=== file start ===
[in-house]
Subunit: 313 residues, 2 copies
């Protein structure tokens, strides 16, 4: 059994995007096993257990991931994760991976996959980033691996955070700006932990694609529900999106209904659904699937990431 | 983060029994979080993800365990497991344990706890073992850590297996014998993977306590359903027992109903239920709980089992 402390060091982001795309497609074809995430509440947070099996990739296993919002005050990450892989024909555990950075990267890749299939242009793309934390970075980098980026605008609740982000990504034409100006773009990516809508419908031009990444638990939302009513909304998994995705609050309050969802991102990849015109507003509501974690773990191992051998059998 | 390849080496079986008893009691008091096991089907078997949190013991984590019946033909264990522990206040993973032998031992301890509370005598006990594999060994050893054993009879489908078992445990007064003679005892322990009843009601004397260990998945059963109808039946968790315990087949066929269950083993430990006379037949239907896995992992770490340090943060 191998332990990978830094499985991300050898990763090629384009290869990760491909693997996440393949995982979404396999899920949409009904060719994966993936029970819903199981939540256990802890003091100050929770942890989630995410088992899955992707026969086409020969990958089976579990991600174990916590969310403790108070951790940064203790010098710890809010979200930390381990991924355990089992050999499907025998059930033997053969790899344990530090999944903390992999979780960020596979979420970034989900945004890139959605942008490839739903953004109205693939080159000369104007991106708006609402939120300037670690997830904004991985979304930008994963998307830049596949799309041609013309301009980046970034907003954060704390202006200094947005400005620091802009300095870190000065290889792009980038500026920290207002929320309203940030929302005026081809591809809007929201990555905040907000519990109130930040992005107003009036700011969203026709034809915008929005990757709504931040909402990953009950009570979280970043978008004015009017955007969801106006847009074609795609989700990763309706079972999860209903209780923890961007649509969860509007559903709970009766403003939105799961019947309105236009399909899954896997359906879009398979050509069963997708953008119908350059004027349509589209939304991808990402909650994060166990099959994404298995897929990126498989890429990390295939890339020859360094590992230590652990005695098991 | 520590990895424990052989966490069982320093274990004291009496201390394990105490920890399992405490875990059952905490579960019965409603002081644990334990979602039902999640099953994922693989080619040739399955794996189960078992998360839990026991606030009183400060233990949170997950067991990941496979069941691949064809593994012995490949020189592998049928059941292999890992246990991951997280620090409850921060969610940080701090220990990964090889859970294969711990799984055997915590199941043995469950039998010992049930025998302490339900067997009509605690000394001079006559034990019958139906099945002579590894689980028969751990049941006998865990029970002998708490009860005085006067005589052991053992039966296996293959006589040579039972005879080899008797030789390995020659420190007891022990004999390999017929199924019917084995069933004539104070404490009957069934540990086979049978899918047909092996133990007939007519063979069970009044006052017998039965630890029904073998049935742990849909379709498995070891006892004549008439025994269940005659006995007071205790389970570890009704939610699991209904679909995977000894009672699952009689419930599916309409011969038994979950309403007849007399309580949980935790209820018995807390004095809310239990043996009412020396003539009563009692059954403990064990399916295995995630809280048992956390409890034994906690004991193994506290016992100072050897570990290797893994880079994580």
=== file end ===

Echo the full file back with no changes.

[in-house]
Subunit: 313 residues, 2 copies
């Protein structure tokens, strides 16, 4: 059994995007096993257990991931994760991976996959980033691996955070700006932990694609529900999106209904659904699937990431 | 983060029994979080993800365990497991344990706890073992850590297996014998993977306590359903027992109903239920709980089992 402390060091982001795309497609074809995430509440947070099996990739296993919002005050990450892989024909555990950075990267890749299939242009793309934390970075980098980026605008609740982000990504034409100006773009990516809508419908031009990444638990939302009513909304998994995705609050309050969802991102990849015109507003509501974690773990191992051998059998 | 390849080496079986008893009691008091096991089907078997949190013991984590019946033909264990522990206040993973032998031992301890509370005598006990594999060994050893054993009879489908078992445990007064003679005892322990009843009601004397260990998945059963109808039946968790315990087949066929269950083993430990006379037949239907896995992992770490340090943060 191998332990990978830094499985991300050898990763090629384009290869990760491909693997996440393949995982979404396999899920949409009904060719994966993936029970819903199981939540256990802890003091100050929770942890989630995410088992899955992707026969086409020969990958089976579990991600174990916590969310403790108070951790940064203790010098710890809010979200930390381990991924355990089992050999499907025998059930033997053969790899344990530090999944903390992999979780960020596979979420970034989900945004890139959605942008490839739903953004109205693939080159000369104007991106708006609402939120300037670690997830904004991985979304930008994963998307830049596949799309041609013309301009980046970034907003954060704390202006200094947005400005620091802009300095870190000065290889792009980038500026920290207002929320309203940030929302005026081809591809809007929201990555905040907000519990109130930040992005107003009036700011969203026709034809915008929005990757709504931040909402990953009950009570979280970043978008004015009017955007969801106006847009074609795609989700990763309706079972999860209903209780923890961007649509969860509007559903709970009766403003939105799961019947309105236009399909899954896997359906879009398979050509069963997708953008119908350059004027349509589209939304991808990402909650994060166990099959994404298995897929990126498989890429990390295939890339020859360094590992230590652990005695098991 | 520590990895424990052989966490069982320093274990004291009496201390394990105490920890399992405490875990059952905490579960019965409603002081644990334990979602039902999640099953994922693989080619040739399955794996189960078992998360839990026991606030009183400060233990949170997950067991990941496979069941691949064809593994012995490949020189592998049928059941292999890992246990991951997280620090409850921060969610940080701090220990990964090889859970294969711990799984055997915590199941043995469950039998010992049930025998302490339900067997009509605690000394001079006559034990019958139906099945002579590894689980028969751990049941006998865990029970002998708490009860005085006067005589052991053992039966296996293959006589040579039972005879080899008797030789390995020659420190007891022990004999390999017929199924019917084995069933004539104070404490009957069934540990086979049978899918047909092996133990007939007519063979069970009044006052017998039965630890029904073998049935742990849909379709498995070891006892004549008439025994269940005659006995007071205790389970570890009704939610699991209904679909995977000894009672699952009689419930599916309409011969038994979950309403007849007399309580949980935790209820018995807390004095809310239990043996009412020396003539009563009692059954403990064990399916295995995630809280048992956390409890034994906690004991193994506290016992100072050897570990290797893994880079994580």